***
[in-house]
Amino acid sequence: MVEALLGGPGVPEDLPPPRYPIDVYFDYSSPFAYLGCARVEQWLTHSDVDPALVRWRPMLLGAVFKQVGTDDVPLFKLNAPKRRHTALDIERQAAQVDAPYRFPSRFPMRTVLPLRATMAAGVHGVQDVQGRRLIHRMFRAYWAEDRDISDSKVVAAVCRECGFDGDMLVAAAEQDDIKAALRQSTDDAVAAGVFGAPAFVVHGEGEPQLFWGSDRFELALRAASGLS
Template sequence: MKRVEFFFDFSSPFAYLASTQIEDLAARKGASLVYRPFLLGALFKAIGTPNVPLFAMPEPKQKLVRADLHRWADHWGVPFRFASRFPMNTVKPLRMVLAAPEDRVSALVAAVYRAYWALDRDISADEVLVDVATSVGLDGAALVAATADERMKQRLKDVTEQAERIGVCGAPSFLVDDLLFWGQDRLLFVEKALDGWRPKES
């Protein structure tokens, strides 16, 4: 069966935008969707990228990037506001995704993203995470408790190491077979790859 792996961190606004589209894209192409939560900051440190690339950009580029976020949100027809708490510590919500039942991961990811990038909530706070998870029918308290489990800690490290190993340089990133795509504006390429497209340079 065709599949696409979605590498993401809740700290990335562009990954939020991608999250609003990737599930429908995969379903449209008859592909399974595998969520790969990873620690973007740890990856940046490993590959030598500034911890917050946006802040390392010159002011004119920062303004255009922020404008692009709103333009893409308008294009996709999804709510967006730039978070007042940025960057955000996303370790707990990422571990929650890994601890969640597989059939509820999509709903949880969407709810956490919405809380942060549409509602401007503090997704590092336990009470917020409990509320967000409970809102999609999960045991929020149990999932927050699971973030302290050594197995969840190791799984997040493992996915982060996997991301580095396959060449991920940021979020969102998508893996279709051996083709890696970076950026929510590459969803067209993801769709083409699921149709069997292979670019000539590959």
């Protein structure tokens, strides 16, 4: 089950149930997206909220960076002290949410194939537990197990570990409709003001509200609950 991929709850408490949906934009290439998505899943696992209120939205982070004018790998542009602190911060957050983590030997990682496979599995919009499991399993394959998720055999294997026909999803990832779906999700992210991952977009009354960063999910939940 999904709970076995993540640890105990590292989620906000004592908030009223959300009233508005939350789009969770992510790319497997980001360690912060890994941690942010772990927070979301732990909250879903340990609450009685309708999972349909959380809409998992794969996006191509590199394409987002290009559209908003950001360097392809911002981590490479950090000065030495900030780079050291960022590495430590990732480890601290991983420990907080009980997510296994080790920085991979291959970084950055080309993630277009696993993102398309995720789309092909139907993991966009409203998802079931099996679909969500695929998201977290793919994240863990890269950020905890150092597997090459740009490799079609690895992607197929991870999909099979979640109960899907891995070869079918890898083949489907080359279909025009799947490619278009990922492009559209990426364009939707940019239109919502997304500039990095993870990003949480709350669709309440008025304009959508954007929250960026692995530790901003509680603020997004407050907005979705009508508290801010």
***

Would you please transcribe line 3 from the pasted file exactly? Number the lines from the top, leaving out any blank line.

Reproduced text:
Template sequence: MKRVEFFFDFSSPFAYLASTQIEDLAARKGASLVYRPFLLGALFKAIGTPNVPLFAMPEPKQKLVRADLHRWADHWGVPFRFASRFPMNTVKPLRMVLAAPEDRVSALVAAVYRAYWALDRDISADEVLVDVATSVGLDGAALVAATADERMKQRLKDVTEQAERIGVCGAPSFLVDDLLFWGQDRLLFVEKALDGWRPKES